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WTO Working Papers

WTO working papers usually represent research in progress. Such research may be conducted in the preparation of WTO Secretariat reports, studies or other material for WTO members. The papers are circulated for comment because the WTO considers critical review of professional research to be extremely important.

English

Trade in Healthcare and Health Insurance Services

The GATS as a Supporting Actor (?)

The General Agreement on Trade in Services (GATS) is broader in policy coverage than conventional trade agreements for goods and, at the same time, offers governments more flexibility, in various dimensions, to tailor their obligations to sector- or country-specific needs. An overview of existing commitments on healthcare and health insurance services shows that WTO Members have made abundant use of these possibilities. While most participants elected not to undertake bindings on healthcare services at the end of the Uruguay Round, nor to make offers in the ongoing negotiations, insurance services have been among the most frequently committed sectors. If there is a common denominator, regardless of the Members concerned (except for recently acceded countries), it is the existence of a lot of 'water' between existing commitments and more open conditions of actual access in many sectors. This may also explain, in part, why there have been very few trade disputes under the GATS to date - far fewer than under the GATT in merchandise trade. Also, governments appear to be generally hesitant in politically and socially sensitive areas to take action in the WTO. There are indications, however, that the same 'players' have acted differently in other policy contexts. For example, it appears that under recent preferential trade agreements (PTAs) the European Communities has been even more cautious in committing on hospital services and protecting scope for (discriminatory) subsidies than under the GATS. Yet, this is not necessarily true for the obligations assumed by many countries, including individual EC Member States, under bilateral investment treaties (BITs). These treaties overlap with the GATS, as far as commercial presence is concerned, and may be used by aggrieved investors to challenge policy restrictions in host countries. However, though frequently invoked, BITs do not meet the same standards, in terms of transparency, open (consensual) rulemaking and legal certainty, as commitments under the GATS.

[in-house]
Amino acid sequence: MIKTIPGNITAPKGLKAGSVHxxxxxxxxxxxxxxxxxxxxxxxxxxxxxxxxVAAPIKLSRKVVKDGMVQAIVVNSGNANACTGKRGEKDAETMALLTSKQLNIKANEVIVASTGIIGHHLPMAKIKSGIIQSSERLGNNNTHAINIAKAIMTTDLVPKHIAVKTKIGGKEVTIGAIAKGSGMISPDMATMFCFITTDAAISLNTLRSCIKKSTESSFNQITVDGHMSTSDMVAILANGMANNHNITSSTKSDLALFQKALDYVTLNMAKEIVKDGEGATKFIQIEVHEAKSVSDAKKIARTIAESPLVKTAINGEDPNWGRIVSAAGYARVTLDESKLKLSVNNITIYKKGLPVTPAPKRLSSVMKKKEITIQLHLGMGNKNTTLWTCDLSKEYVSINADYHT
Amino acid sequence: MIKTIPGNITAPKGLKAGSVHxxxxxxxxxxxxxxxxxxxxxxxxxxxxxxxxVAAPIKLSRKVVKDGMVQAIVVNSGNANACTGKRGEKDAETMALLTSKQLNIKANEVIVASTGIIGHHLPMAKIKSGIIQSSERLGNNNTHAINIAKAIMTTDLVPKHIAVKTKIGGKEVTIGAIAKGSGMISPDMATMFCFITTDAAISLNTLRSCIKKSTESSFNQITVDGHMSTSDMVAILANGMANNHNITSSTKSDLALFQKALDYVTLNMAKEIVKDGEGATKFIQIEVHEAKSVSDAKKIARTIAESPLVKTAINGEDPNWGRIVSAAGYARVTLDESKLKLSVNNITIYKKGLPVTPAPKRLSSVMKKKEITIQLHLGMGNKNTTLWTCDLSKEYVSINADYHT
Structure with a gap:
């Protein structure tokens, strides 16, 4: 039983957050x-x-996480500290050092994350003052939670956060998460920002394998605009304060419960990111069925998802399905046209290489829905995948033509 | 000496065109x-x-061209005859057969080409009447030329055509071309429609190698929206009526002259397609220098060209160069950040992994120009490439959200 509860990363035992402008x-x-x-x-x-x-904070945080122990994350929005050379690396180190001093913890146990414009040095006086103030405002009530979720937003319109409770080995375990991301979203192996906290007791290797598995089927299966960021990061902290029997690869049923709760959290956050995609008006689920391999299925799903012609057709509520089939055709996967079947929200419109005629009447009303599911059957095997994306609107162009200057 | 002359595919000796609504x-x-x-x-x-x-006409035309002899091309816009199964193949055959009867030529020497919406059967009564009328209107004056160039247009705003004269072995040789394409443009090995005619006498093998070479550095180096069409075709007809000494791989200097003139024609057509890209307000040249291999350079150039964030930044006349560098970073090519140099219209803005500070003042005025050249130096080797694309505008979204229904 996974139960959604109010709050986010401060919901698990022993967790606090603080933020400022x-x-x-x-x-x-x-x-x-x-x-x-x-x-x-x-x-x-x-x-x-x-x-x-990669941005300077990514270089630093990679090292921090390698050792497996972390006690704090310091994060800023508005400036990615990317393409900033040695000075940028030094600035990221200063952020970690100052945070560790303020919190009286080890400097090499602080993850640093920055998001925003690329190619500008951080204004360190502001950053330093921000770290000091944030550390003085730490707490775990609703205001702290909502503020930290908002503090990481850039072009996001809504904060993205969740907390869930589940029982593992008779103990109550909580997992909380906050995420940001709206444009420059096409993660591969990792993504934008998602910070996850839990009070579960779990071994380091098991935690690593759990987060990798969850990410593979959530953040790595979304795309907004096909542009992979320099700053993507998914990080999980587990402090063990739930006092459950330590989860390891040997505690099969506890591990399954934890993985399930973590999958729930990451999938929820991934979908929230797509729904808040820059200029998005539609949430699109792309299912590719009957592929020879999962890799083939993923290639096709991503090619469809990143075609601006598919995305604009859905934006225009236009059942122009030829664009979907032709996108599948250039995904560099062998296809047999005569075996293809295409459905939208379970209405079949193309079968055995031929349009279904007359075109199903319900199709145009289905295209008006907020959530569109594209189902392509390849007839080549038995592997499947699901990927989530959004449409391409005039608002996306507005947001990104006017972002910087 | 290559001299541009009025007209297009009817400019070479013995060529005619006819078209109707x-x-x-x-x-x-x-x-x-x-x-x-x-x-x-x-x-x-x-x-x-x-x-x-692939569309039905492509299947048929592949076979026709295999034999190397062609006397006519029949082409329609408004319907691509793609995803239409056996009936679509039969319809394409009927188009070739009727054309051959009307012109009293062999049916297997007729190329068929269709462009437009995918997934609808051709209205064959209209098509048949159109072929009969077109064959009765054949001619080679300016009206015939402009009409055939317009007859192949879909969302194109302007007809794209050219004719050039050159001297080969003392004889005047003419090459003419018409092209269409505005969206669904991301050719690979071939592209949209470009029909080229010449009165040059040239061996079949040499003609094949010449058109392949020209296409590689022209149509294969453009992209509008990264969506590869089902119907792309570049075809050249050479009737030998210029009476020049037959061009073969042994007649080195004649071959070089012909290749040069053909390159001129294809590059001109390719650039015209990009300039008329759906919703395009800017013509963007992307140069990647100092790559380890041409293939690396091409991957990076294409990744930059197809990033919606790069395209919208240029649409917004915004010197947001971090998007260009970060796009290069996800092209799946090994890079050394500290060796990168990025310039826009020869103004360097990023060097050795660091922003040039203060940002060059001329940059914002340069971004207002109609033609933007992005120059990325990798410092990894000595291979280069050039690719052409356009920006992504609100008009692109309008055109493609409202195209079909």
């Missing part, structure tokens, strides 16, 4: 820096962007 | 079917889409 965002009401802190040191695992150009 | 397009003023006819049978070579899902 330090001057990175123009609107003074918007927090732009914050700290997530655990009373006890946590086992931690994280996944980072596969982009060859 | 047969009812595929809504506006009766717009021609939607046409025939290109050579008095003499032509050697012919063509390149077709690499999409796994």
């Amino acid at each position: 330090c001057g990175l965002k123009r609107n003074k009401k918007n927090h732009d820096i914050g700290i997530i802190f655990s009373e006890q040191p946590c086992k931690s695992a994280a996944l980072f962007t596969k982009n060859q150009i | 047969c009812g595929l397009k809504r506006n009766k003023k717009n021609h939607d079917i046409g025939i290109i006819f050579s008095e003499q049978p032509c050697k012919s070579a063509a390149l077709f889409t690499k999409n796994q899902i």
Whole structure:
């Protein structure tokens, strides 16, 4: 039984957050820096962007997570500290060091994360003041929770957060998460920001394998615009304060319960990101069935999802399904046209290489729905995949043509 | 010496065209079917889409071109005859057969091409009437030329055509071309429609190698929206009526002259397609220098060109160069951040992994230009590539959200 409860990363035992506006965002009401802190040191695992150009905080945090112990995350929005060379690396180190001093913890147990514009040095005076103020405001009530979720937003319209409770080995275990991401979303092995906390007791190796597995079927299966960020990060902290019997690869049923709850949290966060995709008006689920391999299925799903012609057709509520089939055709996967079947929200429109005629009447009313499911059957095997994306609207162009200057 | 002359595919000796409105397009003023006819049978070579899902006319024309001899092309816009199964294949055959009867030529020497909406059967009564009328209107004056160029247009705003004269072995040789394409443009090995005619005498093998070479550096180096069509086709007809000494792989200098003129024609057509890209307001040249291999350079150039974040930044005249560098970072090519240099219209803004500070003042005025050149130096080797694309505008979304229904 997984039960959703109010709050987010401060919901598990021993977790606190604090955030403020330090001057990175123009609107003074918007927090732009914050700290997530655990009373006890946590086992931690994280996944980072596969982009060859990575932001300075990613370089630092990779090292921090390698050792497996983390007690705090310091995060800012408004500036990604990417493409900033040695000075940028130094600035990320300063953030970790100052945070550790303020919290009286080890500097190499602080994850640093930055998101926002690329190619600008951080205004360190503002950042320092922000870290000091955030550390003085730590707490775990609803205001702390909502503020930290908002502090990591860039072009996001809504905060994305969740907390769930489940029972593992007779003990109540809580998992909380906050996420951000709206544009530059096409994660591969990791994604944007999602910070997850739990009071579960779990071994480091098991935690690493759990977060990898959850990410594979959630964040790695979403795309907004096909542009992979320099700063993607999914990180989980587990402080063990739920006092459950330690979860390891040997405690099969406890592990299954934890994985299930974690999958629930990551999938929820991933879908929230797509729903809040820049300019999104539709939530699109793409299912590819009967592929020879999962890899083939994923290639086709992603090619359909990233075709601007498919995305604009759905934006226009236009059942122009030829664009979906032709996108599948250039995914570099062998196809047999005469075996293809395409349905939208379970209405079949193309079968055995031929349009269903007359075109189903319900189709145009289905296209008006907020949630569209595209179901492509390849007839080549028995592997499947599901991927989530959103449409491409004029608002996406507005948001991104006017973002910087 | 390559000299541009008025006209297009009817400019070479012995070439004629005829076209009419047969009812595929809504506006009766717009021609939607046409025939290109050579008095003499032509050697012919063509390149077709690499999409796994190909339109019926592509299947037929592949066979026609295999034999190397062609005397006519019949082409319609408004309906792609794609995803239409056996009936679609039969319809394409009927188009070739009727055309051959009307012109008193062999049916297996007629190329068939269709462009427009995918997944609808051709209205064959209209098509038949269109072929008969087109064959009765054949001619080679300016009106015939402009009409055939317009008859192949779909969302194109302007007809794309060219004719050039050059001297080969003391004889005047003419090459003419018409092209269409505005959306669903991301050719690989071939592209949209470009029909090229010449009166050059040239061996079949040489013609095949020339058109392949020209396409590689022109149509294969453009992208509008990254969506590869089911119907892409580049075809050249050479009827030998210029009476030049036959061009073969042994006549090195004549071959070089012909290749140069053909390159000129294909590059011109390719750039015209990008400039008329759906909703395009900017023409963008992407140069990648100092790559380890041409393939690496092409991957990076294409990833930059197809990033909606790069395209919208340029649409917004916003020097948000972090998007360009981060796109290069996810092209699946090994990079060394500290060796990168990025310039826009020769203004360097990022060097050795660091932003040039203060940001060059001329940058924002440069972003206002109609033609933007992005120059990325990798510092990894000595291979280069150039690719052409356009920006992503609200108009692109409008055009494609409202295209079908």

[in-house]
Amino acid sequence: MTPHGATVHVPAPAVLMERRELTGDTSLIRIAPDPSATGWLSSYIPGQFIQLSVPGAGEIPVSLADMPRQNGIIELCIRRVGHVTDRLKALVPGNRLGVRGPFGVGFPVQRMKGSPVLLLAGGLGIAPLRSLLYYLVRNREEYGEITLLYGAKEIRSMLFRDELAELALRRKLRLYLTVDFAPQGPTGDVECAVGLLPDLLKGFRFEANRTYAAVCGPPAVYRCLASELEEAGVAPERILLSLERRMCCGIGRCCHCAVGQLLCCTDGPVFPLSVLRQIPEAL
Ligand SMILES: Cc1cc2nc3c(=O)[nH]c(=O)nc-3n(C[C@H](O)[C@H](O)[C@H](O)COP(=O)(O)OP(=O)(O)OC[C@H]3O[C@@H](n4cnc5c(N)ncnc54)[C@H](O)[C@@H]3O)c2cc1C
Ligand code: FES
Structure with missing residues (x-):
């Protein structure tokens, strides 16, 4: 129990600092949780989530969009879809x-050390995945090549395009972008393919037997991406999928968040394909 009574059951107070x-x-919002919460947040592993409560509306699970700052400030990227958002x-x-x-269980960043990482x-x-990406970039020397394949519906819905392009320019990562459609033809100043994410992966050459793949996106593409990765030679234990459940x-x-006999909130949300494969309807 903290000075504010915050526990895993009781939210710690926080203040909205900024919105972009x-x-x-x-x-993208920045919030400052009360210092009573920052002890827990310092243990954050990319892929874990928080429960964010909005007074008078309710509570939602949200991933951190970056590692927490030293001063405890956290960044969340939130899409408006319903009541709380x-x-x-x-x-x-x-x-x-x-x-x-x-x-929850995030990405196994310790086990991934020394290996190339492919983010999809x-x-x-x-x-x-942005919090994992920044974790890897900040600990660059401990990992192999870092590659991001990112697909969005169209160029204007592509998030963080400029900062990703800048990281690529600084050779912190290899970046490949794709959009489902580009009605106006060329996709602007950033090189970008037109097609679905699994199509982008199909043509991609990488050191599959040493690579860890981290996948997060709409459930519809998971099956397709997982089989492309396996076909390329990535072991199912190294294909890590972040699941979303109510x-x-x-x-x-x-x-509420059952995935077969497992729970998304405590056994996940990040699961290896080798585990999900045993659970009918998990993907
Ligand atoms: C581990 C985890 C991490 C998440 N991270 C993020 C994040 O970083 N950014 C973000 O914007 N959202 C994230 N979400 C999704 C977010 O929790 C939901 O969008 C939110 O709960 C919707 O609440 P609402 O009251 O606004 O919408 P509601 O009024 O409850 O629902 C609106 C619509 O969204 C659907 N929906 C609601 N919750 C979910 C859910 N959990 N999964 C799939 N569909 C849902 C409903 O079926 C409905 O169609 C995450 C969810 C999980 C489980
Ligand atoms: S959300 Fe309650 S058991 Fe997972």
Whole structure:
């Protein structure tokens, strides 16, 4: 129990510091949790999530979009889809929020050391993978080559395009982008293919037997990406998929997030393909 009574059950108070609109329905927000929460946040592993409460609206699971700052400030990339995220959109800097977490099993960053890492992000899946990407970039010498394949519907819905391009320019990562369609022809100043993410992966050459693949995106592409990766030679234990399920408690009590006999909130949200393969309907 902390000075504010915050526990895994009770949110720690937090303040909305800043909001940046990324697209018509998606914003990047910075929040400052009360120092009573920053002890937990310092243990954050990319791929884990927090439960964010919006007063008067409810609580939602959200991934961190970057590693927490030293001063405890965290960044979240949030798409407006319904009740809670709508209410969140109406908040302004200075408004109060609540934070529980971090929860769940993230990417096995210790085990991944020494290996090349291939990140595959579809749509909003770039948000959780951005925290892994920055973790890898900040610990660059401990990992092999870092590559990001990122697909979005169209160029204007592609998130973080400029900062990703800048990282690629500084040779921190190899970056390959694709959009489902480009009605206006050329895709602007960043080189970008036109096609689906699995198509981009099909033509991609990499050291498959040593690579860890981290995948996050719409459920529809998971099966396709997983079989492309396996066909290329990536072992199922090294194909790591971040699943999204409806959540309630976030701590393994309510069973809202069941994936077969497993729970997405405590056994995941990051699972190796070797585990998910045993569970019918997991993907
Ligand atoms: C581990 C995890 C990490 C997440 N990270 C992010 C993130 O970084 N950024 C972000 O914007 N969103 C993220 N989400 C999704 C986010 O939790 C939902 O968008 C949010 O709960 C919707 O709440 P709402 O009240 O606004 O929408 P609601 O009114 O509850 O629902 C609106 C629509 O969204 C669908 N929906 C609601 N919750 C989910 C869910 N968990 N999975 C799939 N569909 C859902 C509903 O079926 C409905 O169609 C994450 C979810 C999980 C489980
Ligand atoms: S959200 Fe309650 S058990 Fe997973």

English

Keywords: international investment, GATS, trade in services, public health
JEL: F59: International Economics / International Relations, National Security, and International Political Economy / International Relations and International Political Economy: Other; F13: International Economics / Trade / Trade Policy; International Trade Organizations; K33: Law and Economics / Other Substantive Areas of Law / International Law; F53: International Economics / International Relations, National Security, and International Political Economy / International Agreements and Observance; International Organizations; I18: Health, Education, and Welfare / Health / Health: Government Policy; Regulation; Public Health
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